(d)

the reasons for the rejection of tenders found to be abnormally low;

(e)

the name of the successful tenderer and the reasons why its tender was selected and, where known, the share of the contract or framework agreement which the successful tenderer intends to subcontract to third parties;

(f)

for negotiated procedures without prior publication, the circumstances referred to in Article 30 which justify the use of this procedure;

(g)

where necessary, the reasons why the contracting authority has decided not to award a contract or framework agreement or to establish a dynamic purchasing system

(h)

where applicable, conflicts of interests detected and subsequent measures taken.

Reason

These documentation requirements represent a disproportionate burden for local authorities and serve no purpose. The aim of the reform is precisely to remove superfluous documentation requirements, and not to create new red tape.

Amendment 31

COM(2011) 896 final

Article 85, last two subparagraphs

Individual reports on procedures for the award of contracts

Text proposed by the Commission

CoR amendment

Article 85

Individual reports on procedures for the award of contracts

Article 85

The contracting authorities shall document the progress of all procurement procedures, whether or not those are conducted by electronic means. To that end, they shall document all stages in the procurement procedure, including all communications with economic operators and internal deliberations, preparation of the tenders, dialogue or negotiation if any, selection and award of the contract.

The report, or its main elements, shall be communicated to the Commission or to the national oversight body where they so request.

Reason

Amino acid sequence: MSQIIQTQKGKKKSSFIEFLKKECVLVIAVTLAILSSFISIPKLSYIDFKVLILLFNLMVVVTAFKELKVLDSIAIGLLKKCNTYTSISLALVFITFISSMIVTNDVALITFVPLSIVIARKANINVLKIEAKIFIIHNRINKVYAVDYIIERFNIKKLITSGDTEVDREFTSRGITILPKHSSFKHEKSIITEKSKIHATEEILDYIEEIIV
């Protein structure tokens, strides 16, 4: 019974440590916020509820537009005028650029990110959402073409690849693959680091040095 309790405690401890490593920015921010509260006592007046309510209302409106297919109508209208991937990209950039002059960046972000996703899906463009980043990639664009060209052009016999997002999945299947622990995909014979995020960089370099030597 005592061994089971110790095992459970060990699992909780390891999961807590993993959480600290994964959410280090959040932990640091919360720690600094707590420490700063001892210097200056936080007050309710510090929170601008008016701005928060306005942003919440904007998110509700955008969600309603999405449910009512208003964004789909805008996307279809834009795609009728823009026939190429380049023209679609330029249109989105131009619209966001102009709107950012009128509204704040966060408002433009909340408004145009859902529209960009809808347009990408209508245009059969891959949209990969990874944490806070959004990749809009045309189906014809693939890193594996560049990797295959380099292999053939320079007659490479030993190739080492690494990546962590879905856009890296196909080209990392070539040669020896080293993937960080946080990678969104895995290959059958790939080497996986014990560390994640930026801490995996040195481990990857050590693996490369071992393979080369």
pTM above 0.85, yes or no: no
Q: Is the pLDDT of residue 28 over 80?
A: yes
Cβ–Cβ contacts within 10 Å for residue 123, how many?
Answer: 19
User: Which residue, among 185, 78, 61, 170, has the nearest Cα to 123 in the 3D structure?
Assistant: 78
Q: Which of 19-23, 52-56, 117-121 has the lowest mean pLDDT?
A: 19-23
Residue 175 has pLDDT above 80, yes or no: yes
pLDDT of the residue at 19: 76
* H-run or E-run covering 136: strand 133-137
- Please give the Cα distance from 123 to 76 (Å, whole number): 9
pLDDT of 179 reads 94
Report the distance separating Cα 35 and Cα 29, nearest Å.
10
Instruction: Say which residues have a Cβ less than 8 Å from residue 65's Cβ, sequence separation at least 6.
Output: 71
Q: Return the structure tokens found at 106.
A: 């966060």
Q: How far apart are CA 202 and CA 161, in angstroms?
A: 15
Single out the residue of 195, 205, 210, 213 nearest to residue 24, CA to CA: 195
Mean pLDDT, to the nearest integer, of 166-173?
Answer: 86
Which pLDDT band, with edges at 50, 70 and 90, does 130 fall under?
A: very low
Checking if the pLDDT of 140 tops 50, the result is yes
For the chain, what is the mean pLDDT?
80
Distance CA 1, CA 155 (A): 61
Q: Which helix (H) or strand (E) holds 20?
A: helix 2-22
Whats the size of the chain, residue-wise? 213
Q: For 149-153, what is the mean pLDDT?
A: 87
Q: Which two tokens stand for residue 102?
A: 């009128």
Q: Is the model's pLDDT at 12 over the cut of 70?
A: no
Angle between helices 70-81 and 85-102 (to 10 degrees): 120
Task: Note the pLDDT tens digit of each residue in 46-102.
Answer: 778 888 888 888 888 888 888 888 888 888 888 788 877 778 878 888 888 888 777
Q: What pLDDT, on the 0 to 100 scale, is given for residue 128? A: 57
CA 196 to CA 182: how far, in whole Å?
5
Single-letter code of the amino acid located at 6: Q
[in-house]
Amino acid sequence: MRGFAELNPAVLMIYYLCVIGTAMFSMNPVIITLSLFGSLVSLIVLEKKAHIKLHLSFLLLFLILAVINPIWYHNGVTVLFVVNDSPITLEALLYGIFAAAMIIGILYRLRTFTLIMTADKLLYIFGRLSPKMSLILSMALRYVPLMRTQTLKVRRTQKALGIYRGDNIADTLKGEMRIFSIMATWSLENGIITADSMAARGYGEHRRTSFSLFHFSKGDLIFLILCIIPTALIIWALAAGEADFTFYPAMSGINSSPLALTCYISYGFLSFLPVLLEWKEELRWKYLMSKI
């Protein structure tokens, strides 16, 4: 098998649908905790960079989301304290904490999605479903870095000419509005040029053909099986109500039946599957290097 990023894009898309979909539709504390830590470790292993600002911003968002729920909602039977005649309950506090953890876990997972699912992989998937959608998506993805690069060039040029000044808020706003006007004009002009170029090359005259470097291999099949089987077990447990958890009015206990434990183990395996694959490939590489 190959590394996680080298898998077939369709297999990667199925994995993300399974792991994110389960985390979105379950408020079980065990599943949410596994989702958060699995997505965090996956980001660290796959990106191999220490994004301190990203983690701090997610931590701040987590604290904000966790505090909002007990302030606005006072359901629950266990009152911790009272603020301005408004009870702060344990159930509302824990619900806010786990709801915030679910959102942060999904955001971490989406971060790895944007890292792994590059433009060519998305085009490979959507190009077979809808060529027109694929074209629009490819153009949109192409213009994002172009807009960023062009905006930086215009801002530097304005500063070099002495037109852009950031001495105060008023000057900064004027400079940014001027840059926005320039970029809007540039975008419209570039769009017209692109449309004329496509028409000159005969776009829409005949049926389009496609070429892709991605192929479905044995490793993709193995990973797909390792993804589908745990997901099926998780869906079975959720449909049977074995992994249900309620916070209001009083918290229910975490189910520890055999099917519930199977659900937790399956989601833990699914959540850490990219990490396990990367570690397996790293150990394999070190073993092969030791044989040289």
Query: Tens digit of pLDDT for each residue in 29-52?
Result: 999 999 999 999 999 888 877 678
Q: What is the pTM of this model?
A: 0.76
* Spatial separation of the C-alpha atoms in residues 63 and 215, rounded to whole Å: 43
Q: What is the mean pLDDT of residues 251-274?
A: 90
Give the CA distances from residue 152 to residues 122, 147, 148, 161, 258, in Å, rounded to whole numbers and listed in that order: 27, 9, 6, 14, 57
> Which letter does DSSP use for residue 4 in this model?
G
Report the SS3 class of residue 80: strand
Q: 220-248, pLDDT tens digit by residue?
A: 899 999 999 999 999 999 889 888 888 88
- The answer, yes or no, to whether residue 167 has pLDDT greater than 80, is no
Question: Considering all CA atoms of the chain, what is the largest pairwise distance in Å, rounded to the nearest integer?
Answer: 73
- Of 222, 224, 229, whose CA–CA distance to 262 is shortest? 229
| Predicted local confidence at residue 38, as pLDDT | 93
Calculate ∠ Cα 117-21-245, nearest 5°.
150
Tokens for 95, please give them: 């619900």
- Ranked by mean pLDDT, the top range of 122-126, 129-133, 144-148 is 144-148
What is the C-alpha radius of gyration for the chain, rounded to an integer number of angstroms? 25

In the Committee of the Regions' view, the reporting system set out in Article 43 of Directive 2004/18/EC is preferable to the proposed system, and is easier for contracting authorities to administrate.

Amendment 32

COM(2011) 895 final

Article 95

COM(2011) 896 final

Article 86

Text proposed by the Commission

CoR amendment

National reporting and lists of contracting authorities

1.   The bodies established or appointed in accordance with Article 84 shall forward to the Commission an implementation and statistical report on each year, based on a standard form, not later than 31 October of the following year.

   

2.   The report referred to in paragraph 1 shall contain at least the following information:

   

(a)

a complete and up-to-date list of all central government authorities, sub-central contracting authorities and bodies governed by public law, including sub-central authorities and associations of contracting authorities awarding public contracts or framework agreements, indicating for each authority the unique identification number where such number is provided for in national legislation; this list shall be grouped by type of authority;

(b)

a complete and up-to-date list of all central purchasing bodies;

(c)

for all contracts above the thresholds laid down in Article 4 of this Directive:

(i)

the number and value of contracts awarded broken down for each type of authority by procedure and by works, supplies and services identified by division of the CPV nomenclature;

(ii)

where the contracts have been concluded under the negotiated procedure without prior publication, the data referred to in point (i) shall also be broken down according to the circumstances referred to in Article 30 and shall specify the number and value of contracts awarded, by Member State and third country of the successful contractor;

(

(d)

for all contracts which fall below the thresholds laid down in Article 4 of this Directive, but would be covered by this Directive if their value exceeded the threshold, the number and value of contracts awarded broken down by each type of authority.